What we want ‒ and what we're entitled to expect for our tax dollars ‒ is effective, efficient government that works and helps make things better. Candidates who offer ways to do this will succeed.

And my guess is that any candidates who take up my challenge to campaign for a simple citizens' agenda to make Michigan better – regardless of party ‒ will be those who win.

Facts matter. Trust matters. Journalism matters.

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Joe Spaulding
Tue, 05/23/2017 - 9:12am


Joe with Voters Not Politicians here. I know it seems like a minor detail, but it is important to clarify that our proposed commission will be nonpartisan, not bipartisan as was stated in the article originally. Current language heavily favors involvement from interested voters who have not worked for a political party for to make up the commission.

Hopefully the importance of the distinction is obvious to dedicated readers of your column; the problem with gerrymandering is far deeper than an imbalance between red and blue districts or a disparity in outcome between the number of people voting for the incumbent party and the number of seats won by the incumbent party. Even within parties our system needs to be fixed if we want to hold our nominees accountable once they are elected.

Partisan influence from the redistricting process can be reduced until it has no impact. All it takes is a combination of a proposal, like the one being worked on by Voters Not Politicians, which is mindful of the difficulty of eliminating partisanship from the electoral process, and they hard work of the thousands of volunteers needed to get this proposal on the ballot.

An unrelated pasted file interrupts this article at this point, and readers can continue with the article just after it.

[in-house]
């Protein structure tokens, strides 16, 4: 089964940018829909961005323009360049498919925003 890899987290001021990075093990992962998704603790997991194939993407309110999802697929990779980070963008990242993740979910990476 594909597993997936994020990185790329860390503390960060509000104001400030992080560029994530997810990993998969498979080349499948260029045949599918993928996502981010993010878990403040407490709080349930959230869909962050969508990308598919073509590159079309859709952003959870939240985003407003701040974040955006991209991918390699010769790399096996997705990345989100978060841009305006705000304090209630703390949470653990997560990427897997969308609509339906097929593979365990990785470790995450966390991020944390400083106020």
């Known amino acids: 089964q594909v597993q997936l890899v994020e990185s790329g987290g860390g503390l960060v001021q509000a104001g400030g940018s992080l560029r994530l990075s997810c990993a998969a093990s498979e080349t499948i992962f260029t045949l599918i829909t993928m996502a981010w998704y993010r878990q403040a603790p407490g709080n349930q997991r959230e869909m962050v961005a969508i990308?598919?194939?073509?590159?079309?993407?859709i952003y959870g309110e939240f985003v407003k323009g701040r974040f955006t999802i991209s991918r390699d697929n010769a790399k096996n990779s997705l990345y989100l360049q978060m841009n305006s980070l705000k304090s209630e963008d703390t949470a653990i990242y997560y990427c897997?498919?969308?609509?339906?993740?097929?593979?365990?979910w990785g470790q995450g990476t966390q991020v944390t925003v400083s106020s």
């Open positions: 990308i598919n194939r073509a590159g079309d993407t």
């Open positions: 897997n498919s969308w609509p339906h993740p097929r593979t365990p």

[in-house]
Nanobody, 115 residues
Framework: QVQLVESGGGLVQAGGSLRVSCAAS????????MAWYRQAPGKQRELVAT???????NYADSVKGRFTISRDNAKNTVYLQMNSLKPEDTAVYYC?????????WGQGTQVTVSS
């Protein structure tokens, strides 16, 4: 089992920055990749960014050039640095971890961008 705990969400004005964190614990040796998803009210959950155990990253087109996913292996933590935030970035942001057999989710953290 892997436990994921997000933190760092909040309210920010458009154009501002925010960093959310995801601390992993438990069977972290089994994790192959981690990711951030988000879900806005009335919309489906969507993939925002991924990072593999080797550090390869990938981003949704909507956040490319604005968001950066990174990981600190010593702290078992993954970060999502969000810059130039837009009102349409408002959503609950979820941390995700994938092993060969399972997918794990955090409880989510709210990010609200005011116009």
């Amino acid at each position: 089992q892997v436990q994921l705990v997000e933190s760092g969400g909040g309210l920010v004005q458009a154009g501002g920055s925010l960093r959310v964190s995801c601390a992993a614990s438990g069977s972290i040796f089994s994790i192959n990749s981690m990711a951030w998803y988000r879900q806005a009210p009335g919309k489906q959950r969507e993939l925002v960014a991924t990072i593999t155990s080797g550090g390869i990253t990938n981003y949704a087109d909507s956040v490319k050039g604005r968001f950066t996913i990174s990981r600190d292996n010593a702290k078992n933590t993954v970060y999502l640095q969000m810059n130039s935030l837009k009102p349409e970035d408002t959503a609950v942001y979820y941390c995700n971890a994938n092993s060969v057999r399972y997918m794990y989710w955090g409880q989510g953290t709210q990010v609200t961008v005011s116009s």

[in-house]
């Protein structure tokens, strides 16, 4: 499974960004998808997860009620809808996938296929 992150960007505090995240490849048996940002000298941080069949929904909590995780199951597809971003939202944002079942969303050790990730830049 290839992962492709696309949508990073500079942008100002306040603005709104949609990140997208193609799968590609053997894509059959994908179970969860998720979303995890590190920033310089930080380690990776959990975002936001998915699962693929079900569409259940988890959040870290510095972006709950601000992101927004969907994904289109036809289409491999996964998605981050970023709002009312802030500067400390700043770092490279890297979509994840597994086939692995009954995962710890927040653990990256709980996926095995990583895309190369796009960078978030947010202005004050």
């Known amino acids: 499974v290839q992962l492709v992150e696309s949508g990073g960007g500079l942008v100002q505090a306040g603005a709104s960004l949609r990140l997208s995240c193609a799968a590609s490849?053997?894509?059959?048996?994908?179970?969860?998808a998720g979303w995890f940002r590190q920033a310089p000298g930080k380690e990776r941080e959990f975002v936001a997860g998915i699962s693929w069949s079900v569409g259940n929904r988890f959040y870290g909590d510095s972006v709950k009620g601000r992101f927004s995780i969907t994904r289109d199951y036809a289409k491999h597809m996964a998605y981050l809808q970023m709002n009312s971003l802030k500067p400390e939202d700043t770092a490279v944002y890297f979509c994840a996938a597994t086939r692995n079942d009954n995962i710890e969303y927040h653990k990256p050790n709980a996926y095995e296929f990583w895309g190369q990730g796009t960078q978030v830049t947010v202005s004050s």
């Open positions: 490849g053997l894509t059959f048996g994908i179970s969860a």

Finally, speaking of volunteers, we are a 100% volunteer run and donor driven organization and campaign, so at the risk of sounding self-serving, please go to , read up on what we are about, and sign up to circulate a petition or to donate. We can not be successful if everyone who knows this issue is vital for democracy in Michigan simply wishes us luck.

Thank you,
Joe Spaulding

Nancy Derringer
Tue, 05/23/2017 - 9:59am

Thanks for pointing that out, Joe. I am making the fix now. 

Bob Barnhart
Tue, 05/23/2017 - 9:33am

You make some great points, Phil. I agree that Gerrymandering is a disincentive to voting and destructive to our democracy. Well funded public education and adult work training opportunities are key to a healthy economy. Your article should be required reading for all Michigan politicians.

David Waymire
Tue, 05/23/2017 - 10:36am

People do not want another tax cut. They want investment. And if we create a fair tax system (today in Michigan, the wealthy pay a smaller share of their income to taxes than do the poor and middle class) they will support that. Here is question from a statewide poll earlier this year, taken when GOP leaders were insisting on a massive cut in state income taxes.